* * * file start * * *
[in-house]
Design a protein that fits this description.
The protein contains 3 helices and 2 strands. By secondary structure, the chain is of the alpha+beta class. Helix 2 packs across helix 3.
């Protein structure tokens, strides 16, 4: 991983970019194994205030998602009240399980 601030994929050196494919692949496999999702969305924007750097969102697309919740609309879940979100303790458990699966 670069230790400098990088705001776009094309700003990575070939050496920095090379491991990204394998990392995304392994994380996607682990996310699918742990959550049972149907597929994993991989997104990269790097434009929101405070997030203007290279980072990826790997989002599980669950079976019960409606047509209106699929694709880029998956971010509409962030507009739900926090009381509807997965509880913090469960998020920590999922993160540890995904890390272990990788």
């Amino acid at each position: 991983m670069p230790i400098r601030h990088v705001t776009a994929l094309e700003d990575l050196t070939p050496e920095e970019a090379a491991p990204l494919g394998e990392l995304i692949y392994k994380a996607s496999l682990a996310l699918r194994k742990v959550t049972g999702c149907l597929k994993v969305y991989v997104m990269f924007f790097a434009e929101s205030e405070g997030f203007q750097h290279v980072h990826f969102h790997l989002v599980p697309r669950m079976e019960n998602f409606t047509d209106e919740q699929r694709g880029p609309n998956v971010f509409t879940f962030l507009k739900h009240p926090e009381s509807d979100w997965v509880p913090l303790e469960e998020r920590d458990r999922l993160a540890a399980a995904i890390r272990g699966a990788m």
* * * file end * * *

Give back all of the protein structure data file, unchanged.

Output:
[in-house]
Design a protein that fits this description.
The protein contains 3 helices and 2 strands. By secondary structure, the chain is of the alpha+beta class. Helix 2 packs across helix 3.
């Protein structure tokens, strides 16, 4: 991983970019194994205030998602009240399980 601030994929050196494919692949496999999702969305924007750097969102697309919740609309879940979100303790458990699966 670069230790400098990088705001776009094309700003990575070939050496920095090379491991990204394998990392995304392994994380996607682990996310699918742990959550049972149907597929994993991989997104990269790097434009929101405070997030203007290279980072990826790997989002599980669950079976019960409606047509209106699929694709880029998956971010509409962030507009739900926090009381509807997965509880913090469960998020920590999922993160540890995904890390272990990788």
């Amino acid at each position: 991983m670069p230790i400098r601030h990088v705001t776009a994929l094309e700003d990575l050196t070939p050496e920095e970019a090379a491991p990204l494919g394998e990392l995304i692949y392994k994380a996607s496999l682990a996310l699918r194994k742990v959550t049972g999702c149907l597929k994993v969305y991989v997104m990269f924007f790097a434009e929101s205030e405070g997030f203007q750097h290279v980072h990826f969102h790997l989002v599980p697309r669950m079976e019960n998602f409606t047509d209106e919740q699929r694709g880029p609309n998956v971010f509409t879940f962030l507009k739900h009240p926090e009381s509807d979100w997965v509880p913090l303790e469960e998020r920590d458990r999922l993160a540890a399980a995904i890390r272990g699966a990788m």